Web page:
What will happen when I arrive at the hospital for my C-section

    When you arrive at the hospital a midwife will check that you have taken the necessary medication which was given to you at the pre-operative appointment. You will be given a hospital gown to get changed into, a name band for your wrist and asked to remove all jewellery. You will also be given pressure stockings to put on to reduce the risk of deep vein thrombosis. Your partner will be asked to change into theatre scrubs. Once in the operating theatre you will be prepped for surgery:

    • Your baby’s heart rate will be monitored

    • Your pubic area could be shaved above the bikini line to clear the area for the incision. It will also be cleaned with antiseptic to reduce risk of infection

    • A drip will be inserted into a vein in your arm to give you fluid and drugs

    • You will usually be given a spinal anaesthetic, that numbs your bottom half, or you may be given a general anaesthetic

    • A cuff will be put on your arm to monitor your blood pressure and electrodes on your chest to monitor your heart rate. A finger pulse monitor will also be attached

    • A catheter will be inserted into your bladder to drain urine away whilst you are under aesthetic

    • A screen will be set up across your chest, so you won’t be able to see the operation

    • The anaesthetist will check that you are completely numb


    What happens during a C-section

    The surgeon will make a horizontal cut about 3-4 cm above your pubic bone, at the top of your pubic hair. The incision will be about 10-20cm long and your baby will be delivered through this opening. You may feel pressure and a bit of pulling, but this is quite normal. Unless there are any complications, your baby will be brought straight over to you for skin-to-skin contact. If your baby is in distress they will be seen straight away by a paediatrician, but this is mainly in the case of an emergency C-section.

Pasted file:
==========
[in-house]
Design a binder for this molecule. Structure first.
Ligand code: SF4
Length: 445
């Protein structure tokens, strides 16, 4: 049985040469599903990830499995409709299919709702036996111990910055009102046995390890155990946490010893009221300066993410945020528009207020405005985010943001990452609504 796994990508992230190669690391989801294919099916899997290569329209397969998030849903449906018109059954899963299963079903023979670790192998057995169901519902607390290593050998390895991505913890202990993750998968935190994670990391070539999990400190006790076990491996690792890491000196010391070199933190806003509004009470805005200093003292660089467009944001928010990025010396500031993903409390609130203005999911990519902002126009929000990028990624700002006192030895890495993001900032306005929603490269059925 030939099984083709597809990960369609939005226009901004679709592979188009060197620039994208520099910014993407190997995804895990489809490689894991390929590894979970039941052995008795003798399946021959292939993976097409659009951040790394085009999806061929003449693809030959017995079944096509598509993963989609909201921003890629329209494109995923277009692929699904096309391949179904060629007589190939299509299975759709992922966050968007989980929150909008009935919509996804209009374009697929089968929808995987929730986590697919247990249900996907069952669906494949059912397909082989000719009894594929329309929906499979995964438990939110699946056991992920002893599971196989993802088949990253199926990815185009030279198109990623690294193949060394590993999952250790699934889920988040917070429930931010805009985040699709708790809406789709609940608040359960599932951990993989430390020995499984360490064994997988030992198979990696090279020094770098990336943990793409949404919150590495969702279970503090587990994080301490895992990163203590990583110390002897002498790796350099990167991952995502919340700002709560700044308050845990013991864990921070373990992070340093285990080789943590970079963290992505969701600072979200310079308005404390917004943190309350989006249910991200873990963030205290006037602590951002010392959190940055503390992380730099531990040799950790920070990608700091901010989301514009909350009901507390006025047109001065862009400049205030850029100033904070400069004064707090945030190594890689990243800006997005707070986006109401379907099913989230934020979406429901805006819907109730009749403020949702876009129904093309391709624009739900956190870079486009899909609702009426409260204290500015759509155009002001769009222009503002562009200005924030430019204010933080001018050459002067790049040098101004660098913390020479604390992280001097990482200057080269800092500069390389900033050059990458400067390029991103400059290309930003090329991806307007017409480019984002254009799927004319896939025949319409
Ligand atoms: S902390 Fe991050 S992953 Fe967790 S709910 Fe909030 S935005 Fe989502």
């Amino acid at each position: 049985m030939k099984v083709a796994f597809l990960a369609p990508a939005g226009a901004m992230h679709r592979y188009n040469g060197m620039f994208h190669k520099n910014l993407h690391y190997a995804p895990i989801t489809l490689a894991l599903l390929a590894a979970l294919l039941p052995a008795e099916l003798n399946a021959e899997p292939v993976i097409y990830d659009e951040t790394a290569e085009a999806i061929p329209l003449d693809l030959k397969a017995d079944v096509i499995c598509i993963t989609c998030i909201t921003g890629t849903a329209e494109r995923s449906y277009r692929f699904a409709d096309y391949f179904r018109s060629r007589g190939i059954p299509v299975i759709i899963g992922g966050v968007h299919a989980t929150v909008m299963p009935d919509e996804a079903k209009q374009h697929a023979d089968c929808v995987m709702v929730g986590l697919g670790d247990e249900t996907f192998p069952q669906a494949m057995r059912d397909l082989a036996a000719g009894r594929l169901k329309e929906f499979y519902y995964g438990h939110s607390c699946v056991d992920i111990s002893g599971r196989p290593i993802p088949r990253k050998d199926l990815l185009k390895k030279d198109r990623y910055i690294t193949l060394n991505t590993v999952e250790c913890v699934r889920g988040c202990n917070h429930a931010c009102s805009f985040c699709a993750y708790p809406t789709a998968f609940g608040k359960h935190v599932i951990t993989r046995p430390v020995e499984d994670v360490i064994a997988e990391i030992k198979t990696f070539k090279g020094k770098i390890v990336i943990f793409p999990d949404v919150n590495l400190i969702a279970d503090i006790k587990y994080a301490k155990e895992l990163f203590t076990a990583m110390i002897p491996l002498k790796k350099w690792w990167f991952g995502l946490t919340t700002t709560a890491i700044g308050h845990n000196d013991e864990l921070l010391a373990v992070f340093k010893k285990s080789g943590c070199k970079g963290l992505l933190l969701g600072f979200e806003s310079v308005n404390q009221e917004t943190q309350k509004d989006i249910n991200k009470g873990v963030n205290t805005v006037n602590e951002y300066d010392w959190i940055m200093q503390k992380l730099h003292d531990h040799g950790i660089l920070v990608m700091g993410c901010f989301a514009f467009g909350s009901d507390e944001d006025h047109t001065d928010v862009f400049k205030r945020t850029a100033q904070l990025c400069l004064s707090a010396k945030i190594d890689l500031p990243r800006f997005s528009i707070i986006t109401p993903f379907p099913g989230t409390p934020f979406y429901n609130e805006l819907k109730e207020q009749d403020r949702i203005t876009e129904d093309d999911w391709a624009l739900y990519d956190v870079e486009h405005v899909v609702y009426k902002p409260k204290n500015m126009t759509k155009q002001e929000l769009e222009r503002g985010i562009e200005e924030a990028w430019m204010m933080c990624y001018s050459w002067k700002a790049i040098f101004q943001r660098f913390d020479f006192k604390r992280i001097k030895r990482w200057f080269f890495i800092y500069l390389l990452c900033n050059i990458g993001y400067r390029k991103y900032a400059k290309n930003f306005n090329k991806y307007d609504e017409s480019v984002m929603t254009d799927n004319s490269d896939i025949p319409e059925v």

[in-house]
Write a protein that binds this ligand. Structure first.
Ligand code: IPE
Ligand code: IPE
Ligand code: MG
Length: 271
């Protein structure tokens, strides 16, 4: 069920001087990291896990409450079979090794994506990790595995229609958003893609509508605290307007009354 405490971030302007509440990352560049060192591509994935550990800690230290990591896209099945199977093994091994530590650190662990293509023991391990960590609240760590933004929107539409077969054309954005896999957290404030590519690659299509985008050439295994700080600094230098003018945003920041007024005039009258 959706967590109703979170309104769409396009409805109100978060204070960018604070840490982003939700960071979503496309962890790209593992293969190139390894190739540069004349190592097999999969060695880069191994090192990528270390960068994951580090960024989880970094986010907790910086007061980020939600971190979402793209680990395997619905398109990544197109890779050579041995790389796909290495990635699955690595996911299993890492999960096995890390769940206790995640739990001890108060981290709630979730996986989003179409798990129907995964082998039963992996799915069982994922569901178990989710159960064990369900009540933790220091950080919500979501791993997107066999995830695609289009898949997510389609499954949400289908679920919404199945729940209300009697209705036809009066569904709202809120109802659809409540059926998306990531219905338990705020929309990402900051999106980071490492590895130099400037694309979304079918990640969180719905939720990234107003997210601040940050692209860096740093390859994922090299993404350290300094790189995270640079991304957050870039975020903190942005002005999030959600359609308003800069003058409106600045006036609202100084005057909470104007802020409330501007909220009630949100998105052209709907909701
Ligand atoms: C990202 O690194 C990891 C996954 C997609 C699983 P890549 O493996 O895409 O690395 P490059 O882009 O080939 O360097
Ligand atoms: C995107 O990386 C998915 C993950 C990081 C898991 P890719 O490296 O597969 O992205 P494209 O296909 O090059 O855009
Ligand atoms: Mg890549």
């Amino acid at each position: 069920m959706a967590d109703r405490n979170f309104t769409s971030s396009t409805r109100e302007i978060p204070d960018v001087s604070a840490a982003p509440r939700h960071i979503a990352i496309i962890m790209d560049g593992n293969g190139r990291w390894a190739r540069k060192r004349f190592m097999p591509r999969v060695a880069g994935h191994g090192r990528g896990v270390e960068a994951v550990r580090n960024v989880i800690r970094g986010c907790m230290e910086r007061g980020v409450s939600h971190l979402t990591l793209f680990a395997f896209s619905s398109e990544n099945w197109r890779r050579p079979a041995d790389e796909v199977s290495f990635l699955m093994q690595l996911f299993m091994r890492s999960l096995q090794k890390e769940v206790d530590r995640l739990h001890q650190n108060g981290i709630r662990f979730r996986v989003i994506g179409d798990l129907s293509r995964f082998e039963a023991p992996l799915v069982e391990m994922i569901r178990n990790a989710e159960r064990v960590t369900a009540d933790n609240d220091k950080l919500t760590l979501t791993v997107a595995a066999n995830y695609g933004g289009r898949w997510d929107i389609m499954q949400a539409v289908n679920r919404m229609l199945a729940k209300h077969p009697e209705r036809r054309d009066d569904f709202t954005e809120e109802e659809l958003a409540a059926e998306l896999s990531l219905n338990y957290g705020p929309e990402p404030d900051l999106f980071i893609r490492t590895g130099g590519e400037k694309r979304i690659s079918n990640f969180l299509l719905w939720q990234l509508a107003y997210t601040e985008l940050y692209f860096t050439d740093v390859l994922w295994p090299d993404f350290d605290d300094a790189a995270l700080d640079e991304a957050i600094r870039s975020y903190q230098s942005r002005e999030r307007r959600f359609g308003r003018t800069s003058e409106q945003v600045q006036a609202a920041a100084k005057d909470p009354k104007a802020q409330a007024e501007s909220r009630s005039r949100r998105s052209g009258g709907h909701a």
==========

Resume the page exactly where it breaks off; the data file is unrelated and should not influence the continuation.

After the operation, you will be transported to the recovery room for increased supervision in case there are any complications. If everything is in order after a few hours, you will be transferred to the postnatal ward, where you will remain until discharge – usually three to six days.

    mother-and-newborn-skin-to-skin contact-after-c-section

    What to expect after C-section

    While you are enjoying skin-to-skin contact with your newborn the following things will happen, not necessarily in this order:

    • You will be given a synthetic hormone called oxytocin, this helps your uterus to contract and reduce bleeding

    • The midwife will give your baby the Apgar score, at one minute and five minutes after they are born. This is to measure your baby’s wellbeing

    • The surgeon will deliver the placenta and then suture your wound closed usually using dissolvable stitches. Your abdomen may also have removable stitches or staples that will be removed in a few days

    • You will be moved to the recovery room to allow time for the anaesthetic to wear off. You will be monitored closely during this time.

    • If you feel well enough now is a good time to start breastfeeding. It is great for bonding and your midwife will help you get comfortable.

    Take a look at our checklist for recovery after a C-section.